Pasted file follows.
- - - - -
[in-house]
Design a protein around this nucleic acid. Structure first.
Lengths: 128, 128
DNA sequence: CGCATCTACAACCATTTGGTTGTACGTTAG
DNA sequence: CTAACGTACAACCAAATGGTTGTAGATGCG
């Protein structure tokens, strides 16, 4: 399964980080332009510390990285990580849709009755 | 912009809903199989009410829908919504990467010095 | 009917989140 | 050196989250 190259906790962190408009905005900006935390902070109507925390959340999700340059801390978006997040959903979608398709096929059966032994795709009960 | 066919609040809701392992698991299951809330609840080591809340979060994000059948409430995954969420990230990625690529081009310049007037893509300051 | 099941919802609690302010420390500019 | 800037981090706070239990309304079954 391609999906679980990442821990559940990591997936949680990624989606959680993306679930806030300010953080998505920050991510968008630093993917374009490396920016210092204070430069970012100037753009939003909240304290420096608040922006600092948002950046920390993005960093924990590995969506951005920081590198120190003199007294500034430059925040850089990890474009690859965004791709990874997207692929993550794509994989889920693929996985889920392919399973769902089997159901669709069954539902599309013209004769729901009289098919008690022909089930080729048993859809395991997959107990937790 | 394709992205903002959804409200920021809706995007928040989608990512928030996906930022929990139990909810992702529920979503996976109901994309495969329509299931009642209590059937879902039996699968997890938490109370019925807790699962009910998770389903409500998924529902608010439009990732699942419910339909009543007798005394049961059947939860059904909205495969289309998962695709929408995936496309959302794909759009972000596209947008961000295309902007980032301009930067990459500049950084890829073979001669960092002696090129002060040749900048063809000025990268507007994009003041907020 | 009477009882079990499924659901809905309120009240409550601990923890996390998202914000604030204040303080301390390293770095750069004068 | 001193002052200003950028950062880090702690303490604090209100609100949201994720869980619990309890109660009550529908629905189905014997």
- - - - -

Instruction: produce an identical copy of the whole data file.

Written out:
[in-house]
Design a protein around this nucleic acid. Structure first.
Lengths: 128, 128
DNA sequence: CGCATCTACAACCATTTGGTTGTACGTTAG
DNA sequence: CTAACGTACAACCAAATGGTTGTAGATGCG
């Protein structure tokens, strides 16, 4: 399964980080332009510390990285990580849709009755 | 912009809903199989009410829908919504990467010095 | 009917989140 | 050196989250 190259906790962190408009905005900006935390902070109507925390959340999700340059801390978006997040959903979608398709096929059966032994795709009960 | 066919609040809701392992698991299951809330609840080591809340979060994000059948409430995954969420990230990625690529081009310049007037893509300051 | 099941919802609690302010420390500019 | 800037981090706070239990309304079954 391609999906679980990442821990559940990591997936949680990624989606959680993306679930806030300010953080998505920050991510968008630093993917374009490396920016210092204070430069970012100037753009939003909240304290420096608040922006600092948002950046920390993005960093924990590995969506951005920081590198120190003199007294500034430059925040850089990890474009690859965004791709990874997207692929993550794509994989889920693929996985889920392919399973769902089997159901669709069954539902599309013209004769729901009289098919008690022909089930080729048993859809395991997959107990937790 | 394709992205903002959804409200920021809706995007928040989608990512928030996906930022929990139990909810992702529920979503996976109901994309495969329509299931009642209590059937879902039996699968997890938490109370019925807790699962009910998770389903409500998924529902608010439009990732699942419910339909009543007798005394049961059947939860059904909205495969289309998962695709929408995936496309959302794909759009972000596209947008961000295309902007980032301009930067990459500049950084890829073979001669960092002696090129002060040749900048063809000025990268507007994009003041907020 | 009477009882079990499924659901809905309120009240409550601990923890996390998202914000604030204040303080301390390293770095750069004068 | 001193002052200003950028950062880090702690303490604090209100609100949201994720869980619990309890109660009550529908629905189905014997």